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Singapore Faces Severe Recession, Asian Economies Struggle - 2001-11-16


Regional economic powerhouse Singapore faces a severe recession after the economy contracted by more than five percent in the third quarter. Singapore's report comes as Asian economies struggle to recover from the widening global slump.

Singapore has reported its first aftershocks from the September 11 terrorist attacks in the United States, with the economy contracting 5.6 percent in the third quarter. A Ministry of Trade and Industry report also warns of a loss of business and consumer confidence. It says growth prospects will be poor until the overall global economy improves.

Singapore's annual growth for 2001 has all but disappeared in a dramatic slide from almost 10 percent last year. The economy also shrank in the second quarter, and the island state is now in a deep recession.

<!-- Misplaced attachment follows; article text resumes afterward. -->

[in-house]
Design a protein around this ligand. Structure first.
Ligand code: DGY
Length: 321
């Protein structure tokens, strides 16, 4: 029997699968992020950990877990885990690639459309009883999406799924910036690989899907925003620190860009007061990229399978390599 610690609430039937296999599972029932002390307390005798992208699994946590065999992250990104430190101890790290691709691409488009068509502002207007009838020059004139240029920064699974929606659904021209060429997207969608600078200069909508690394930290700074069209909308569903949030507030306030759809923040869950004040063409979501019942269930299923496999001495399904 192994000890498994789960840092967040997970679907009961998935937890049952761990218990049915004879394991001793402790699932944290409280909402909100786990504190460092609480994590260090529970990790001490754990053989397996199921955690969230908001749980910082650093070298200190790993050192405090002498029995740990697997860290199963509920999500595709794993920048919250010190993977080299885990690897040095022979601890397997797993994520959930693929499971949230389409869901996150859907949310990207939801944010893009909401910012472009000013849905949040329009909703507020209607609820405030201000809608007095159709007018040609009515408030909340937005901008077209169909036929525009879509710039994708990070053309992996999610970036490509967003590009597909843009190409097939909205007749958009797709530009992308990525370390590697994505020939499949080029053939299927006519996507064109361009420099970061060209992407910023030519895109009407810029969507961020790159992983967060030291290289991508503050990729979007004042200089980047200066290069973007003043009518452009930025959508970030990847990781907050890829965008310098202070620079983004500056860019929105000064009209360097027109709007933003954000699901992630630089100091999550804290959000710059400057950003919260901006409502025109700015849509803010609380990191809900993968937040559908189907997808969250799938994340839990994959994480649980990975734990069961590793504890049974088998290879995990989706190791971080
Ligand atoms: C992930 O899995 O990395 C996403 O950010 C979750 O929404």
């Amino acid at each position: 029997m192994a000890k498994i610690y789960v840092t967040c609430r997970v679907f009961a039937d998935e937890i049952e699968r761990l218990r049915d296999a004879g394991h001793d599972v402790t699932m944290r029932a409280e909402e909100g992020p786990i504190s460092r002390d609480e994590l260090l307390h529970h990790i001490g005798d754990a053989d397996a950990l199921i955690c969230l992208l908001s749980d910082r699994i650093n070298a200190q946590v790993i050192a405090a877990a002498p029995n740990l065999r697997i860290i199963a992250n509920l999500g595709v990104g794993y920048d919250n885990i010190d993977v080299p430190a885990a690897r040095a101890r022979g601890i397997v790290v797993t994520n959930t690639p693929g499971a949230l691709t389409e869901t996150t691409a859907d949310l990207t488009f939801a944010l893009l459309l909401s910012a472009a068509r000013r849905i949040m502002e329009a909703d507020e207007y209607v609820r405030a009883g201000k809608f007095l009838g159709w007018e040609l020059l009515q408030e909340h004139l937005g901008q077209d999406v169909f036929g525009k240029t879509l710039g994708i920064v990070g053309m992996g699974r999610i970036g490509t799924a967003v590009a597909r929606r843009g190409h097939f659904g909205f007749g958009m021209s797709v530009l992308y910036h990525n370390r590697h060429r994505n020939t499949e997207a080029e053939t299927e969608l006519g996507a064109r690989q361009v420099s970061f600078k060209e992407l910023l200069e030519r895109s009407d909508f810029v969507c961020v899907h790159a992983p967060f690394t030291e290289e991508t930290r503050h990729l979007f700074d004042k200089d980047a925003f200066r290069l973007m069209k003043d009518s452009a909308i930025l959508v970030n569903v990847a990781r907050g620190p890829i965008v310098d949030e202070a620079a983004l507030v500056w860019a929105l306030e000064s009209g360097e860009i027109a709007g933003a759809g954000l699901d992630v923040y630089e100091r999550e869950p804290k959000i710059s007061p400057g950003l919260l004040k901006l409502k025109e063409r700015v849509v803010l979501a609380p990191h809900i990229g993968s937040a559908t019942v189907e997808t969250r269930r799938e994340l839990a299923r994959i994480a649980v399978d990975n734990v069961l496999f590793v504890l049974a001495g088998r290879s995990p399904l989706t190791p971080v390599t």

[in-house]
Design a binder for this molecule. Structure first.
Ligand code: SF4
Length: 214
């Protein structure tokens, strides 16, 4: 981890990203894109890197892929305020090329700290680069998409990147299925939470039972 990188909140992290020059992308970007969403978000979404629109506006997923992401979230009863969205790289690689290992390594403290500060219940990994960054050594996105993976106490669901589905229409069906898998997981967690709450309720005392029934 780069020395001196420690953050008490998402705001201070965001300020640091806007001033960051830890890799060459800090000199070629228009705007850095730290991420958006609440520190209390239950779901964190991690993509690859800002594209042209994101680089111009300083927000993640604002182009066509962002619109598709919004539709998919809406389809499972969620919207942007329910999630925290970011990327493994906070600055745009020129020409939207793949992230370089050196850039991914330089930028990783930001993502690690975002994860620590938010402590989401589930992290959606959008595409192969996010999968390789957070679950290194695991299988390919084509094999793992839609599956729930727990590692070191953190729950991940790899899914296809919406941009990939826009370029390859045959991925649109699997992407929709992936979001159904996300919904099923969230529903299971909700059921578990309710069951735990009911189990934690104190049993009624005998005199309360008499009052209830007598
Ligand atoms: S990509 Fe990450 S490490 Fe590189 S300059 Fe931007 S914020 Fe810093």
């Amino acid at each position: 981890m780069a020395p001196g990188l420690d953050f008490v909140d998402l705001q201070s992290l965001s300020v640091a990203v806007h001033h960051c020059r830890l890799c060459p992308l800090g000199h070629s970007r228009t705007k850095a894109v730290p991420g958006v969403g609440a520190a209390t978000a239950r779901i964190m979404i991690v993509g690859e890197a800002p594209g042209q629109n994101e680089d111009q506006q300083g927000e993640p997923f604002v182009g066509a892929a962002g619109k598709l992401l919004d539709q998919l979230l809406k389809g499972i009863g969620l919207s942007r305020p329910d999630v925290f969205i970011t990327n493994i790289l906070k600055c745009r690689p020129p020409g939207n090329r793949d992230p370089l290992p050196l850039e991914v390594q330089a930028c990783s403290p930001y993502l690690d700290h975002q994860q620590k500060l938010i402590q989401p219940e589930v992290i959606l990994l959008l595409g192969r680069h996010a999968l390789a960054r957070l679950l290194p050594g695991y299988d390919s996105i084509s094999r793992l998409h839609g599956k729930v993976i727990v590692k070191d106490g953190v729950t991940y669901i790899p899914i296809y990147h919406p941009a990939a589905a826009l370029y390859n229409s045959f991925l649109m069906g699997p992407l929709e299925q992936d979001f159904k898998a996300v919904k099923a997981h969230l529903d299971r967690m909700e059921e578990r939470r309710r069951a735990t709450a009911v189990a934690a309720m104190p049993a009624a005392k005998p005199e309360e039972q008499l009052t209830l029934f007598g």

The ministry's report reveals the wide damage from the terror attack in the United States. Manufacturing fell almost 20 percent in the third quarter, while construction, which had been showing signs of picking up a few months ago, also contracted. The data reflect wider concerns within Southeast Asia. The Manila-based Asian Development Bank recently reduced its forecast for Asian and Pacific growth to 3.4 percent this year. The ADB says growth should rise to 4.5 percent in 2002. But the bank, in a report, says that although the global environment is uncertain, the damage from the September 11 attacks on regional economies remains manageable.

The bank says the economies with the greatest exposure to the U.S. high technology markets have suffered the most during the present downturn. Those economies, including Taiwan and Singapore, may see more job losses in the months to come.

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